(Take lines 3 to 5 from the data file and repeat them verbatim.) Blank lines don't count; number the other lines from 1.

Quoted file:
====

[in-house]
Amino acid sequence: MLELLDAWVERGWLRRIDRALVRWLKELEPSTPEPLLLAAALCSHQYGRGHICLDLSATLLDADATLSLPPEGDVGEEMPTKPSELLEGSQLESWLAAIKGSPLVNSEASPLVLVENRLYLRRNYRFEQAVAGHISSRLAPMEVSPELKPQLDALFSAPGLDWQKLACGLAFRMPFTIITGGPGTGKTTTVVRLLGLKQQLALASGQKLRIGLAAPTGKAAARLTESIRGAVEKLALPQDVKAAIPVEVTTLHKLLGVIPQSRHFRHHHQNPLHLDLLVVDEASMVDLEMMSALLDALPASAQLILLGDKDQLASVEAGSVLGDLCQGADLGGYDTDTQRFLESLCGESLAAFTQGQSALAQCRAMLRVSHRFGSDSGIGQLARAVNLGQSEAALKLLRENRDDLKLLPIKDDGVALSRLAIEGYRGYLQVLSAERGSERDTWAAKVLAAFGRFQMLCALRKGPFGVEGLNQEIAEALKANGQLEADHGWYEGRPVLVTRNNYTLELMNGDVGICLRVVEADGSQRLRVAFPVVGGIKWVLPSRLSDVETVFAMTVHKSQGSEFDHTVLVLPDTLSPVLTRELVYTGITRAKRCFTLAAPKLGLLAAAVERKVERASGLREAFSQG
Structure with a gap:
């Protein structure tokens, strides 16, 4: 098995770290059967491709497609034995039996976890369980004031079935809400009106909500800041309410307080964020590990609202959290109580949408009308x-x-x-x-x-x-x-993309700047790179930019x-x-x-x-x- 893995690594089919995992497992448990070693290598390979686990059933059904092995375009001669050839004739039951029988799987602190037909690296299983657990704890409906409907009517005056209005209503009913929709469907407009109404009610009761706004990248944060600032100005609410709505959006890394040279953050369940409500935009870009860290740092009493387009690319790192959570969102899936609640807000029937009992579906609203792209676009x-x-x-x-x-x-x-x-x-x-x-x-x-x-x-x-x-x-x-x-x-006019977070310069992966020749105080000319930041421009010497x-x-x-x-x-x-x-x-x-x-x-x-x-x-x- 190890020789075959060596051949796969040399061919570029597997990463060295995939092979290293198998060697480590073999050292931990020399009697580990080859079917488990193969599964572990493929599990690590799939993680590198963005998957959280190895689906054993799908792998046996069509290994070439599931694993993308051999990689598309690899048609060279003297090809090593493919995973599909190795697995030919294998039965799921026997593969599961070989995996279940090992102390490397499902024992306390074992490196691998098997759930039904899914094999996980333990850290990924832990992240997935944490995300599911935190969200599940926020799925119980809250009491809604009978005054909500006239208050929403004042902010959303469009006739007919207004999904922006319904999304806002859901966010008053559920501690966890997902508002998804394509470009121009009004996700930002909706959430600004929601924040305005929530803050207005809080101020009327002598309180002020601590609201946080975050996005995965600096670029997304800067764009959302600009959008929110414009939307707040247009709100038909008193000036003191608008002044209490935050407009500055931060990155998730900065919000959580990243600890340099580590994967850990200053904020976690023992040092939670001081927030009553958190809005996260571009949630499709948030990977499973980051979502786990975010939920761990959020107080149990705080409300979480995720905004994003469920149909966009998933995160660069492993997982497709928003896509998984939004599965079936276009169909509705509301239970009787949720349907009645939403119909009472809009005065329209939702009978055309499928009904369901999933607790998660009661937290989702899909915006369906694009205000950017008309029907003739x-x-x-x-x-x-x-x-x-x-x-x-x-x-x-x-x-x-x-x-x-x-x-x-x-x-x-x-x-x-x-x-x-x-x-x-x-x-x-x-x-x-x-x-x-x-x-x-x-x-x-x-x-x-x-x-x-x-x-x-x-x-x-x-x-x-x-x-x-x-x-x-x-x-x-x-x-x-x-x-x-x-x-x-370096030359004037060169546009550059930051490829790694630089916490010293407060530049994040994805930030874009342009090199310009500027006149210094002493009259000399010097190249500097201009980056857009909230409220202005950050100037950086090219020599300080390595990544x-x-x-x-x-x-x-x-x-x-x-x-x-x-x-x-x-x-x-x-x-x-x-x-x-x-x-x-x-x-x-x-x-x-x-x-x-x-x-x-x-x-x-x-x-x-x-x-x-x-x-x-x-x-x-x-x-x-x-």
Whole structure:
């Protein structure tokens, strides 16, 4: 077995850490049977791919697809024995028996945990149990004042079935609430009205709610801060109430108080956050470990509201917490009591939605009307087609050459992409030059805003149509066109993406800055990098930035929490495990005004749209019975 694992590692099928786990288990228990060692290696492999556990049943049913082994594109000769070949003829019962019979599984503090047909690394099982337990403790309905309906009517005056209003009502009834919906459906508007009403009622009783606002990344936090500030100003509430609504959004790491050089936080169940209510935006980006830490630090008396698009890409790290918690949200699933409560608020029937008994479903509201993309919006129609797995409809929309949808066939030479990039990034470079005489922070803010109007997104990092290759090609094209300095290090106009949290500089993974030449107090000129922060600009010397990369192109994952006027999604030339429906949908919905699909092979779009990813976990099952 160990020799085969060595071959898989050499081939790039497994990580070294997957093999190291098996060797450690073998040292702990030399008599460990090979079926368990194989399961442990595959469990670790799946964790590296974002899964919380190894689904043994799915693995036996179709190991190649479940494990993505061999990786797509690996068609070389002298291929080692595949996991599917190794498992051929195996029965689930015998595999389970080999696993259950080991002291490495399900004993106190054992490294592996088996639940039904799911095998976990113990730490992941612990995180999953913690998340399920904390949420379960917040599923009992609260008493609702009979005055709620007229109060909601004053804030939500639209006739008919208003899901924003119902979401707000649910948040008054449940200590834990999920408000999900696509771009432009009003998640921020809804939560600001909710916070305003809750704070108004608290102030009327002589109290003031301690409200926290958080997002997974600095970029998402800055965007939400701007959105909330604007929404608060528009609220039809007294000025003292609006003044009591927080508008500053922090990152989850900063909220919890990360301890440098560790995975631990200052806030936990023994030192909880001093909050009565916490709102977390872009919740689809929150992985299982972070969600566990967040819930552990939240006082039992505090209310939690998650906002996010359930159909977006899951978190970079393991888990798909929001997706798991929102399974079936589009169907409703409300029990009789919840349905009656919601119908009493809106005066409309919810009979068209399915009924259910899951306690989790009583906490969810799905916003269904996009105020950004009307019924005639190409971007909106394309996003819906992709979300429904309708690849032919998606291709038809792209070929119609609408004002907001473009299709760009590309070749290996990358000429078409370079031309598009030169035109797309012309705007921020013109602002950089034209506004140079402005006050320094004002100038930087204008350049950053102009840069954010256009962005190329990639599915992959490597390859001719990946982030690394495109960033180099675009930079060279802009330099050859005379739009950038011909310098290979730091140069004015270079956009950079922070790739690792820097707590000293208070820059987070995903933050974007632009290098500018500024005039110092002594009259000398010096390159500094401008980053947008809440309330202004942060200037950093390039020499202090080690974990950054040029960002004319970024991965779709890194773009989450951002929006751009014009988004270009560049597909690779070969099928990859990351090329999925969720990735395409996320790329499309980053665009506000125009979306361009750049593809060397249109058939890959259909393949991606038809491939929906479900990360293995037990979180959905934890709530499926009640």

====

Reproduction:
Structure with a gap:
């Protein structure tokens, strides 16, 4: 098995770290059967491709497609034995039996976890369980004031079935809400009106909500800041309410307080964020590990609202959290109580949408009308x-x-x-x-x-x-x-993309700047790179930019x-x-x-x-x- 893995690594089919995992497992448990070693290598390979686990059933059904092995375009001669050839004739039951029988799987602190037909690296299983657990704890409906409907009517005056209005209503009913929709469907407009109404009610009761706004990248944060600032100005609410709505959006890394040279953050369940409500935009870009860290740092009493387009690319790192959570969102899936609640807000029937009992579906609203792209676009x-x-x-x-x-x-x-x-x-x-x-x-x-x-x-x-x-x-x-x-x-006019977070310069992966020749105080000319930041421009010497x-x-x-x-x-x-x-x-x-x-x-x-x-x-x- 190890020789075959060596051949796969040399061919570029597997990463060295995939092979290293198998060697480590073999050292931990020399009697580990080859079917488990193969599964572990493929599990690590799939993680590198963005998957959280190895689906054993799908792998046996069509290994070439599931694993993308051999990689598309690899048609060279003297090809090593493919995973599909190795697995030919294998039965799921026997593969599961070989995996279940090992102390490397499902024992306390074992490196691998098997759930039904899914094999996980333990850290990924832990992240997935944490995300599911935190969200599940926020799925119980809250009491809604009978005054909500006239208050929403004042902010959303469009006739007919207004999904922006319904999304806002859901966010008053559920501690966890997902508002998804394509470009121009009004996700930002909706959430600004929601924040305005929530803050207005809080101020009327002598309180002020601590609201946080975050996005995965600096670029997304800067764009959302600009959008929110414009939307707040247009709100038909008193000036003191608008002044209490935050407009500055931060990155998730900065919000959580990243600890340099580590994967850990200053904020976690023992040092939670001081927030009553958190809005996260571009949630499709948030990977499973980051979502786990975010939920761990959020107080149990705080409300979480995720905004994003469920149909966009998933995160660069492993997982497709928003896509998984939004599965079936276009169909509705509301239970009787949720349907009645939403119909009472809009005065329209939702009978055309499928009904369901999933607790998660009661937290989702899909915006369906694009205000950017008309029907003739x-x-x-x-x-x-x-x-x-x-x-x-x-x-x-x-x-x-x-x-x-x-x-x-x-x-x-x-x-x-x-x-x-x-x-x-x-x-x-x-x-x-x-x-x-x-x-x-x-x-x-x-x-x-x-x-x-x-x-x-x-x-x-x-x-x-x-x-x-x-x-x-x-x-x-x-x-x-x-x-x-x-x-x-370096030359004037060169546009550059930051490829790694630089916490010293407060530049994040994805930030874009342009090199310009500027006149210094002493009259000399010097190249500097201009980056857009909230409220202005950050100037950086090219020599300080390595990544x-x-x-x-x-x-x-x-x-x-x-x-x-x-x-x-x-x-x-x-x-x-x-x-x-x-x-x-x-x-x-x-x-x-x-x-x-x-x-x-x-x-x-x-x-x-x-x-x-x-x-x-x-x-x-x-x-x-x-």
Whole structure: